5 Self-Improvement Books That Everyone Should Read
I know this is a completely cliche way to start a blog post— but I can't believe we're more than halfway through 2017. Back in January, I set a lot of resolutions for myself, mostly focused on building an atmosphere of growth. (more on that here.) One of the biggest resolutions on my list was to read more.
I've always loved reading - even in middle school when it was cool to pretend you didn't. I'm the type of person that picks up a good book and CANNOT put it down until it's finished. I'll stay up late, skip plans with people... it's bad. And, sometimes that bad habit will make me skip reading altogether, but that's not the answer either.
To get in a healthier reading routine, I now read 15-30 minutes every weekday morning and sometimes on the weekends. It's a great way to wake up, and it helps get my creativity flowing before I let my inbox dictate my to-do list for the day. Sticking to this has helped me read a steady book per month, and I've come across a lot of great suggestions along the way.
I love reading fiction and memoir, but lately I've been on a huge business/self-improvement book kick. Especially because I'm reading in the morning before work, it's been a super inspiring way to start the day. I always put the books down feeling motivated and ready to dig into my to-do list.
Here are the five self-improvement books I would recommend everyone read:
The Subtle Art of Not Giving a F*ck by Mark Manson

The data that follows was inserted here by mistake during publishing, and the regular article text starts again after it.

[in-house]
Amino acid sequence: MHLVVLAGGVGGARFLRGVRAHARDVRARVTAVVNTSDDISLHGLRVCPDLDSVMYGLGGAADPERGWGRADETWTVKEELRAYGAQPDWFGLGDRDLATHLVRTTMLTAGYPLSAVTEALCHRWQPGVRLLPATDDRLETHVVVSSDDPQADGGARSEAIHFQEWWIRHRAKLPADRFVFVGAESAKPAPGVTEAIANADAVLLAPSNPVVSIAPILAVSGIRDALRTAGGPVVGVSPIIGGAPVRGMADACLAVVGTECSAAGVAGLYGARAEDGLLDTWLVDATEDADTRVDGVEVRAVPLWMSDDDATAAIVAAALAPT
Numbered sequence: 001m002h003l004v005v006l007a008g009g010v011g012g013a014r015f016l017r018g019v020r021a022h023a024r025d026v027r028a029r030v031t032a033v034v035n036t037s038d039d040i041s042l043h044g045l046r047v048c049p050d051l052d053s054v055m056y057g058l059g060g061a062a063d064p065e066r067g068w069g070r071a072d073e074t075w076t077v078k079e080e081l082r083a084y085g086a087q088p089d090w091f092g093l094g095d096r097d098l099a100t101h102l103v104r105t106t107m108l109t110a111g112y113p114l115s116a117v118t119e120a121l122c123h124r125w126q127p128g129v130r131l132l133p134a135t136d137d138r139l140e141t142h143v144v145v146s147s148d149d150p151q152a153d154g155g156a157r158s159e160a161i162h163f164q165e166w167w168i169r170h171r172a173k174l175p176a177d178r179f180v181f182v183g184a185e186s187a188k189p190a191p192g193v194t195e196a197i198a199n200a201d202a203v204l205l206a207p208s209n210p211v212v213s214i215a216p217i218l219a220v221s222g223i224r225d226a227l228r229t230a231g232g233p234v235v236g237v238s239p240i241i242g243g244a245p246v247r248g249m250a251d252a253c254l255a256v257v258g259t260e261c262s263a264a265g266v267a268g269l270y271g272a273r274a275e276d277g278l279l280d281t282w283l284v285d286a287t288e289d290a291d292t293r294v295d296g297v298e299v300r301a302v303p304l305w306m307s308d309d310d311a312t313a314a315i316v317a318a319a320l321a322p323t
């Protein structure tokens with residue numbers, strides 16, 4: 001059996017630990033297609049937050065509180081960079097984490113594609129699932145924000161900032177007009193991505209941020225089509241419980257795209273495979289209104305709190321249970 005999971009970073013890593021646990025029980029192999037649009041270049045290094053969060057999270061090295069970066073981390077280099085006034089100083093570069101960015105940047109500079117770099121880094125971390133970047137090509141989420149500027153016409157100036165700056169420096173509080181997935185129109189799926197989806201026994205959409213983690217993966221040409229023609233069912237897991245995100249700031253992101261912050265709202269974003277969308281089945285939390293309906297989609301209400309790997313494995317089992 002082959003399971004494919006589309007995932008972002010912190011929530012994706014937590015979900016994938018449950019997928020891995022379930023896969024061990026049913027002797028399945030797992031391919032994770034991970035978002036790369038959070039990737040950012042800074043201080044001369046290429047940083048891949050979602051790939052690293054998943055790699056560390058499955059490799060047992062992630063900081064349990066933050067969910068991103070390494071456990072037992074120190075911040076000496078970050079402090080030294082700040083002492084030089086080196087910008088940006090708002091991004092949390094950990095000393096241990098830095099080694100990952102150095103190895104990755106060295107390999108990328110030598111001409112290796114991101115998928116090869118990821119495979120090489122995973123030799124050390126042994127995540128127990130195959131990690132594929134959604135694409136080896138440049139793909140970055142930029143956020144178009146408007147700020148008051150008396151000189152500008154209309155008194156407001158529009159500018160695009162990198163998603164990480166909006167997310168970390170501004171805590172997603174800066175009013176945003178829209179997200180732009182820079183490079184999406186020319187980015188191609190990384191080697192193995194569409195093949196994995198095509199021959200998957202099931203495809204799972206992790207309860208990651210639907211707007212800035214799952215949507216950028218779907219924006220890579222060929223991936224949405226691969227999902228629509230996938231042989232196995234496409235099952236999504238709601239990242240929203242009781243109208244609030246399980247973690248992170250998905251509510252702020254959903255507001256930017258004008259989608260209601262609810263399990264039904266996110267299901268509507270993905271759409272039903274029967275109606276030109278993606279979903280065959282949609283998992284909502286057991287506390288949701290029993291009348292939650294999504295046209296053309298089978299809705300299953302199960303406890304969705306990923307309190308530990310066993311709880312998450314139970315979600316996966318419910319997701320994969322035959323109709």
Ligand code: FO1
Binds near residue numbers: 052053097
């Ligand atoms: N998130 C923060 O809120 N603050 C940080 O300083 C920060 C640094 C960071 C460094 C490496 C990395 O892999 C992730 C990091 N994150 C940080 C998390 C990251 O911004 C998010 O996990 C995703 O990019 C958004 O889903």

Who It's Best For: I would buy a copy for everyone I know, BUT it's especially great for people who find themselves caring too much about every. single. little. thing.
My Take: GAME. CHANGER. I can't say this enough. As someone with a history of giving entirely too many fucks about entirely too many things, this book was the slap in the face I needed. And judging by the 4.5 star-rating from 1,843 Amazon users, I'm clearly not alone. The premise of the book is that instead of trying to be positive all the time, we should focus on getting better at facing adversity AND developing a life that's suffering for the right things.
Favorite Quote: “Don’t hope for a life without problems. There’s no such thing. Instead, hope for a life full of good problems... True happiness occurs only when you find the problems you enjoy solving.”
You Are A Badass by Jen Sincero
Who It's Best For: Anyone needing a swift kick of motivation and a reminder that you're awesome.
My Take: This is the kind of book that you never stop reading because you can crack it back open anytime you need a pick-me-up. The author is hilarious, no-nonsense and gives the kind of advice you wish you could give your friends when they're in a rut. Read more about it here.
Favorite Quote: “If you are depressed, you are living in the past. If you are anxious, you are living in the future. If you are at peace, you are living in the present.”
Better Than Before by Gretchen Rubin
Who It's Best For: Anyone looking to build or eliminate habits in their life - good or bad.